She made it. That’s one thing that rates this gig above M.I.A.’s other attempted Dublin gigs. Despite having finally managed to schedule a Dublin show without cancelling, there was less excitement about the event than one might imagine. A mixture of the poor ticket sales (due to an off-putting price tag) and the less than glowing reviews of her shows elsewhere left an anxious feeling in the air as the last minute competition winner recruits filled up the venue to a respectable level. As 9pm arrived and a DJ started playing, the crowd were all geared up for Maya herself to come charging onto the stage. She didn’t. Instead we were left listening to some scarcely pleasant nonsense from the DJ while smoke machines slowly covered the venue and the bemused crowd. Almost half an hour of this went by before M.I.A. made her not-so-grand entrance. There were cheers from the crowd and indeciferable noises onstage but soon enough she was stomping around the stage to “Born Free”. For all it’s distorted attempts at intensity, it’s a pretty uninspiring opener. Things continue in this manner for a while, with M.I.A. moving from one side of the stage to another with no real purpose, lost in a cloud of dry ice, while her vocals are equally lost in the din. Her DJ solemnly spins the tunes while a drummer appears for a short while. Most of the visual entertainment comes from her two dancers, giving a display in some form of aggressive dance style that combines mildly impressive breakdance style moves with the childish taunting gestures of a football terrace. Lovely lads they were.
It’s only when she brings out the mainstream hits that the gig begins to work and “Bucky Done Gun” sees her venturing too close to the feverish crowd as they yank her off the edge of the stage down to their level. She returns the favour a short while later when she slowly populates the stage with males (and the odd female) as the opening bars of “Boyz” loop over and over. It’s a spectacle, effective in it’s simplistic excitement but also curious in it’s timing seemingly so early in the set. The boyz make the most of it though, with half of them taking the opportunity to show off their own dancing skills while the other half clammer around M.I.A. stage-right, desperately trying to get close to her and get a picture on their phones. As it turns out, we’re considerably further into the set than one might think. There’s another serious anti-climax as we all watch the bouncers escort the crowd the long way off the stage before they begin the next song. Though decent versions of songs like “XR2” and “Lovalot” follow shortly after, the whole thing is patchy. It’s hit-and-miss with an scoring rate like Dimitar Berbatov. The ups and downs of the show aren’t worthy of a rollercoaster analogy either. No, it was all too gentle. My theory was that her latest album title /\/\/\Y/\ is intended as a graph to explain how her gigs work.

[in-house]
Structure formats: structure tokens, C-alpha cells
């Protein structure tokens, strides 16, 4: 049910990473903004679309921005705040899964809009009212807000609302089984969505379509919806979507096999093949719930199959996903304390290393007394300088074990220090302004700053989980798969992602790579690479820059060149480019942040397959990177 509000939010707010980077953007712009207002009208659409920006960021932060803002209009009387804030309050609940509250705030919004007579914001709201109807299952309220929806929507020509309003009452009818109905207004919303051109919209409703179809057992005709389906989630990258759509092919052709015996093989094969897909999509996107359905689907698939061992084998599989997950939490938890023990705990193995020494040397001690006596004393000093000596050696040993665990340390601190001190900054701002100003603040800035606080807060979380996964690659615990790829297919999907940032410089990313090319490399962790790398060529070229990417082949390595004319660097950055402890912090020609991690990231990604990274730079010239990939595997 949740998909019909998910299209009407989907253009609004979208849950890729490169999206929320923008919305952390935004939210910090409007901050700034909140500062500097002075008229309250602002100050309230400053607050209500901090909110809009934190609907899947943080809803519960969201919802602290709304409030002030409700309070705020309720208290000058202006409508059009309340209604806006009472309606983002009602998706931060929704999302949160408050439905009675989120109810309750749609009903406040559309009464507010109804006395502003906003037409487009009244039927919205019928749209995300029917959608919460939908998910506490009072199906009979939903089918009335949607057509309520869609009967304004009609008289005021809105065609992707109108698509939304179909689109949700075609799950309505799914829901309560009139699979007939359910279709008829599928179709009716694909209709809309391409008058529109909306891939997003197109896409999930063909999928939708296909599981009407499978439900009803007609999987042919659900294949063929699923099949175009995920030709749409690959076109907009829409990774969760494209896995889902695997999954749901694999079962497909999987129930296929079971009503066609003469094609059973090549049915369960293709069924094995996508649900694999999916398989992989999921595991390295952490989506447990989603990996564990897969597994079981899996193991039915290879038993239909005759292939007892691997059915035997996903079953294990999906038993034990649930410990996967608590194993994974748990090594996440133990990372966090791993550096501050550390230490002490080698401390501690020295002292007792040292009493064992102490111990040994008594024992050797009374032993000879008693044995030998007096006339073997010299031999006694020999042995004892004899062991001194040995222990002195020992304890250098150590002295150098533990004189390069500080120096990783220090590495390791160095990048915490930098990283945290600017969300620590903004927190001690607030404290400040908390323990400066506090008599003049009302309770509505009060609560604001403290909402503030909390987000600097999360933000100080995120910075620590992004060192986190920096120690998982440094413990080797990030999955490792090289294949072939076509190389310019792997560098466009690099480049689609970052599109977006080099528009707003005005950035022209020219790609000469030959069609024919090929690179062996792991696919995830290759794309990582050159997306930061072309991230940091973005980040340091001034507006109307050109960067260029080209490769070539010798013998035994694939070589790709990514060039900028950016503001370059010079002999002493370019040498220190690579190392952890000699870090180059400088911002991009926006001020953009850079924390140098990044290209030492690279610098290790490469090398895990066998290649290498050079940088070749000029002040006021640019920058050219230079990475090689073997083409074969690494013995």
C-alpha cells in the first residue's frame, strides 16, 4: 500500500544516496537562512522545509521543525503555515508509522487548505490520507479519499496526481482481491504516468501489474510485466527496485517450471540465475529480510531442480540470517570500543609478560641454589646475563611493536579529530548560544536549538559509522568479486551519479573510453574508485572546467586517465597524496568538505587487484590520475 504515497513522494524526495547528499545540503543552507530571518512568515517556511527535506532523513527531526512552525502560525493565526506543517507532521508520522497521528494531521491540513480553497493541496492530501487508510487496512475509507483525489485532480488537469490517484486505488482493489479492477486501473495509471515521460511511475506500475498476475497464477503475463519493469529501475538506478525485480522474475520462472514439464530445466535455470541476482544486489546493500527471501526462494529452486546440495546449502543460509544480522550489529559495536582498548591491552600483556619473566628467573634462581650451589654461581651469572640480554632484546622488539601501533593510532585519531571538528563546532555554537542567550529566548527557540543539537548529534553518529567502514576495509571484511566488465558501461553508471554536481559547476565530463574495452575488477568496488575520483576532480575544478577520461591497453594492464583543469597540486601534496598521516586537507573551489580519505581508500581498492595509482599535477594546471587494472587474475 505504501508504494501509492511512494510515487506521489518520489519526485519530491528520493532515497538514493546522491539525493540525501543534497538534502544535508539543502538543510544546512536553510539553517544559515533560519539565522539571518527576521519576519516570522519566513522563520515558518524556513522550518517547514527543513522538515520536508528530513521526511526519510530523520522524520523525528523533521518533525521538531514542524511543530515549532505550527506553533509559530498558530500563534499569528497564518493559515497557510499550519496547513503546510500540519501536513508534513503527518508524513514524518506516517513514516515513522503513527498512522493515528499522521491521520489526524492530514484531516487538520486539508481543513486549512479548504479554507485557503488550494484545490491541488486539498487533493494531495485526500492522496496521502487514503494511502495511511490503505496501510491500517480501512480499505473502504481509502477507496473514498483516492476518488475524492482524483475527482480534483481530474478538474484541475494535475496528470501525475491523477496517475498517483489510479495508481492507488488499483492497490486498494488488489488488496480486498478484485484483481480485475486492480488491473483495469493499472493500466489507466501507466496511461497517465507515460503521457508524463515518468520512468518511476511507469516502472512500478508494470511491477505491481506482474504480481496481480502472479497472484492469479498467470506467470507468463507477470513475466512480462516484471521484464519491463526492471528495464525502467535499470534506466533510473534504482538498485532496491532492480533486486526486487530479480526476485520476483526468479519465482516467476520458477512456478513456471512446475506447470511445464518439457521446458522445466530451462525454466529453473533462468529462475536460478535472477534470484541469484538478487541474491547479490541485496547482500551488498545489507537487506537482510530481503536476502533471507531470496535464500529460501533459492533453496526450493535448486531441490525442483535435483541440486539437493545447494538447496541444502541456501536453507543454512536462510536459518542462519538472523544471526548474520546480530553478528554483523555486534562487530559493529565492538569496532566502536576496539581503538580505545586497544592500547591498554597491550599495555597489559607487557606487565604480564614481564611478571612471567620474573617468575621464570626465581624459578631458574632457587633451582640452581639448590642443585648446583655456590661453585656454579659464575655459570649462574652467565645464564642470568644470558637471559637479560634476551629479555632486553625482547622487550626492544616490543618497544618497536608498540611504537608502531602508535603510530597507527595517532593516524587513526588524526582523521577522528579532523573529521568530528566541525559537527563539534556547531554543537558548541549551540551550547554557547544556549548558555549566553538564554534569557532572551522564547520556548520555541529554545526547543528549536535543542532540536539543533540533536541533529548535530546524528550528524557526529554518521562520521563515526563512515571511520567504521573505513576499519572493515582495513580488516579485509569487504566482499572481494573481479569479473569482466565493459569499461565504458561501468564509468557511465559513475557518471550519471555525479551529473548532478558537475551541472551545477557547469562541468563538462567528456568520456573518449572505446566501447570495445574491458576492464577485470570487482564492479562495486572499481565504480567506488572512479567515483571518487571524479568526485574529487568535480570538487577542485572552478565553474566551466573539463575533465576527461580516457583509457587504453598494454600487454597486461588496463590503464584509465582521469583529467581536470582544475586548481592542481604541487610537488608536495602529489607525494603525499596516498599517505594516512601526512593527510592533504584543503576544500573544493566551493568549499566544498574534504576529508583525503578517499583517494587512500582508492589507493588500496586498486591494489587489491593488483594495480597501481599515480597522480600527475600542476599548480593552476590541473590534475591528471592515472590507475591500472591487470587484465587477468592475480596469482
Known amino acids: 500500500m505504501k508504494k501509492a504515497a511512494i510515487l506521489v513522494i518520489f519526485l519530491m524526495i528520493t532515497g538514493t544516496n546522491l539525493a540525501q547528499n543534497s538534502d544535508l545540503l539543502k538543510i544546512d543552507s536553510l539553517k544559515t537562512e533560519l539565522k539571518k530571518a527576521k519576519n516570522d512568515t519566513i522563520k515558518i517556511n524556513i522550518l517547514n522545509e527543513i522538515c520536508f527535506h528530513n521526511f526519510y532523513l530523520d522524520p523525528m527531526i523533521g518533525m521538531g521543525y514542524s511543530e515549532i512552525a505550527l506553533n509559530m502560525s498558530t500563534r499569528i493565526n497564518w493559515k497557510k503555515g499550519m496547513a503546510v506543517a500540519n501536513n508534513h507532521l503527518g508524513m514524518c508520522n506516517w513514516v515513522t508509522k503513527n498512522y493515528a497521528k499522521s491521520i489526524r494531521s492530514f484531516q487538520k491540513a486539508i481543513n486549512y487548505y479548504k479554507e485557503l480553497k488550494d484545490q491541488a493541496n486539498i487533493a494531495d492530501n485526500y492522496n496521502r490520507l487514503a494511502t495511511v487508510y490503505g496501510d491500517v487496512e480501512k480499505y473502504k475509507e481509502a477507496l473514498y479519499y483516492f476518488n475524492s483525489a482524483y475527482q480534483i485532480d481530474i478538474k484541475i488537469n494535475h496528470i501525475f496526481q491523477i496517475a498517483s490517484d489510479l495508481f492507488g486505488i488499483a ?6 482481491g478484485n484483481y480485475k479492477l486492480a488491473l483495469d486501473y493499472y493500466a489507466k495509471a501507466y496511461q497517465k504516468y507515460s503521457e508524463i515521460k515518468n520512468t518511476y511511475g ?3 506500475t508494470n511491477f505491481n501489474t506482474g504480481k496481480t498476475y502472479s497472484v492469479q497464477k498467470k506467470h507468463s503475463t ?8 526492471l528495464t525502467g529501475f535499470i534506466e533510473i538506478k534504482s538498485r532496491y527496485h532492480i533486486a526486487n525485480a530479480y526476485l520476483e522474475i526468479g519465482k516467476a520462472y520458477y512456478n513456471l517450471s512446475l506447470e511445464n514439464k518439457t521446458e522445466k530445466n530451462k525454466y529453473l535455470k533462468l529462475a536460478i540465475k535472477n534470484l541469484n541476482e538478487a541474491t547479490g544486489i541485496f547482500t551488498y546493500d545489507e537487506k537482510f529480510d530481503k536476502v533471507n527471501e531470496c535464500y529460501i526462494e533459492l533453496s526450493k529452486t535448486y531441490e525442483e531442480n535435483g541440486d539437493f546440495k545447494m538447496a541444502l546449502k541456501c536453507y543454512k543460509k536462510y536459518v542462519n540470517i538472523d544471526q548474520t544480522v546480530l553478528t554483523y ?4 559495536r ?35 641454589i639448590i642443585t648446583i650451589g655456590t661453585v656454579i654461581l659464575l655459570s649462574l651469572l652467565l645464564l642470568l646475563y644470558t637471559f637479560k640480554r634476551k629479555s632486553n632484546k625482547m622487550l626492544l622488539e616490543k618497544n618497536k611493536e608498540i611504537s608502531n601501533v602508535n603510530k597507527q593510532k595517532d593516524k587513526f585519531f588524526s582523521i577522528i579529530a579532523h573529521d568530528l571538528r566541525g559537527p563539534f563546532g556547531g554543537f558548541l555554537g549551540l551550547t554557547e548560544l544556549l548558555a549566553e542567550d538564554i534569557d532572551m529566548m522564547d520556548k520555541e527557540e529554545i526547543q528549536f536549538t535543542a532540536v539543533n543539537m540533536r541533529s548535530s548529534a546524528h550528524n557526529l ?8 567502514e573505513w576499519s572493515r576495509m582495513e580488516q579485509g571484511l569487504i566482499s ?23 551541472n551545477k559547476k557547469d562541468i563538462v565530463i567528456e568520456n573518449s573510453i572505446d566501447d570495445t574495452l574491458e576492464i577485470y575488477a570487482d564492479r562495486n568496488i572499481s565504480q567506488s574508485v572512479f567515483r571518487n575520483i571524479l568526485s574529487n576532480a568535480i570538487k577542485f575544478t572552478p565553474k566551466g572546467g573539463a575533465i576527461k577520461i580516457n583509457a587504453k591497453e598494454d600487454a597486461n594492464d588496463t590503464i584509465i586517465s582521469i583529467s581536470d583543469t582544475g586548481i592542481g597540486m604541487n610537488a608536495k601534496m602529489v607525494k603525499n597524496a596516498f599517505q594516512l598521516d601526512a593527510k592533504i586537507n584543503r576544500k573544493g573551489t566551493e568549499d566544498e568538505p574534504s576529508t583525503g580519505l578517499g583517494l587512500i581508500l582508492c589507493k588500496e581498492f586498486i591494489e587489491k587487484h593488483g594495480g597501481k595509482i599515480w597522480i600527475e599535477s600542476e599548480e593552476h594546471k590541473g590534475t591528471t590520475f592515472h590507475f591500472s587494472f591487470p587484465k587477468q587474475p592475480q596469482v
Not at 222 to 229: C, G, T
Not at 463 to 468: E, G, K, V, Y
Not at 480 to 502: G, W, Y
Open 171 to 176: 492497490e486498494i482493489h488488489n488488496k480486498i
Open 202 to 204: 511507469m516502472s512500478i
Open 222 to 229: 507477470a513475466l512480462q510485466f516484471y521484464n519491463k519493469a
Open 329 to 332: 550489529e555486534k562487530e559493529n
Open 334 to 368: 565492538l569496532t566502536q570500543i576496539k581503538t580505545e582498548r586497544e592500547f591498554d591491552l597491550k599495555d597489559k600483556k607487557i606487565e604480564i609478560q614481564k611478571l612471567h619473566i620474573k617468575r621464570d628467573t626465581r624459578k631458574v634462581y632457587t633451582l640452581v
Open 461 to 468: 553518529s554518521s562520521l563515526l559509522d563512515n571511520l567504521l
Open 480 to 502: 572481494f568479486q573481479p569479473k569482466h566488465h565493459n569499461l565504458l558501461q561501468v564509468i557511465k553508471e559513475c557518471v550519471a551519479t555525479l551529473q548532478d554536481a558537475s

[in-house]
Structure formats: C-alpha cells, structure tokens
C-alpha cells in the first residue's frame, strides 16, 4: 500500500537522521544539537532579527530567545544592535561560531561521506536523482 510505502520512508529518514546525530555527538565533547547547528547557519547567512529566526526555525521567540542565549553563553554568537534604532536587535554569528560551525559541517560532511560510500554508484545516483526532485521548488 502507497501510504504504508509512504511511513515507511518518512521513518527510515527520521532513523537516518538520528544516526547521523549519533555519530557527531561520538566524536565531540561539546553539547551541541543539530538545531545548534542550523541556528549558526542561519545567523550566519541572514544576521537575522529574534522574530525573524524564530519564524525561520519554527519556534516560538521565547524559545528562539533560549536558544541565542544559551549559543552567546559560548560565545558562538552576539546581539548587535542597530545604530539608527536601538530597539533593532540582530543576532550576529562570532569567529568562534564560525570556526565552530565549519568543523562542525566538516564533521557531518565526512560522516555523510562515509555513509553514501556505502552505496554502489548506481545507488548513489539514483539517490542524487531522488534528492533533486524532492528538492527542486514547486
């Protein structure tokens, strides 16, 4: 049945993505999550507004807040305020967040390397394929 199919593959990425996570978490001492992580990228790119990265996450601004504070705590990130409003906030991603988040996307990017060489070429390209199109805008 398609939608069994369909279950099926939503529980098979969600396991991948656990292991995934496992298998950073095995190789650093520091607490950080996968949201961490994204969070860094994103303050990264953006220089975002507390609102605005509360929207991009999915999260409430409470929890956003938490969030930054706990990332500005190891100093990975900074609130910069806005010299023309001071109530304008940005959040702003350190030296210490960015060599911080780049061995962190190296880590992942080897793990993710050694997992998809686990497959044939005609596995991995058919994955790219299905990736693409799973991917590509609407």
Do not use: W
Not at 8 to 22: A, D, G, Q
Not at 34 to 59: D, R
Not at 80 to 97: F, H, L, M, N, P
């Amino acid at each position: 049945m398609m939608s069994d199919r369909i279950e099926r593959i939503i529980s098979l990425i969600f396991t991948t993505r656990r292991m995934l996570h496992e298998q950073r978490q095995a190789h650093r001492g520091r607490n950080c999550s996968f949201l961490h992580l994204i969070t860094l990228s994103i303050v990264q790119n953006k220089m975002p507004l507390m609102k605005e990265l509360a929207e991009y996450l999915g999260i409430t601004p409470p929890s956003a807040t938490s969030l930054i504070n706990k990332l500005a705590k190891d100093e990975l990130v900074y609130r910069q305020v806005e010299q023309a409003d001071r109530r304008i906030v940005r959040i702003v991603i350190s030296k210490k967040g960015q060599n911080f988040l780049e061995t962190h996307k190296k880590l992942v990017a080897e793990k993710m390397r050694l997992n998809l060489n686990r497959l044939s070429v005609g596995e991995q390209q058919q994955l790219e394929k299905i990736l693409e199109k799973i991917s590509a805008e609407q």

With about 45 minutes having passed, M.I.A. has already left the stage. She’ll be coming back, we are sure, because she hasn’t done the song yet. But has she got anything else in the bag to salvage the gig and show us the wildly exciting performer we all want to see? Thankfully, she doesn’t return with the hit and leave. She gives us “Story to be Told”, complete with dodgy captcha manipulated visuals. It’s pretty good as things go this evening, but you wouldn’t really want to be closing any gig with a performance as inconsequential as that. So she does what she has to do and brings out the big guns. “Paper Planes” sends the whole venue absolutely wild. Again, it’s not that the performance is that great – it isn’t and the sound is quite poor – but rather that this is that moment that everyone has been waiting for. Seeing M.I.A. perform a song that, through several leases of life, has come to be one of the defining tracks of the last few years is what people came to see and they’re going to enjoy it even it it is substandard. In that respect, many probably got what they came for: the hits, drinks and a few other songs designed to be drowned out by inane chatter. For the many attendees who didn’t have to part with €38.50 plus to get in, that probably sufficed. But for the ones that paid, the devoted fans, well, I hope they enjoyed that hour more than I did.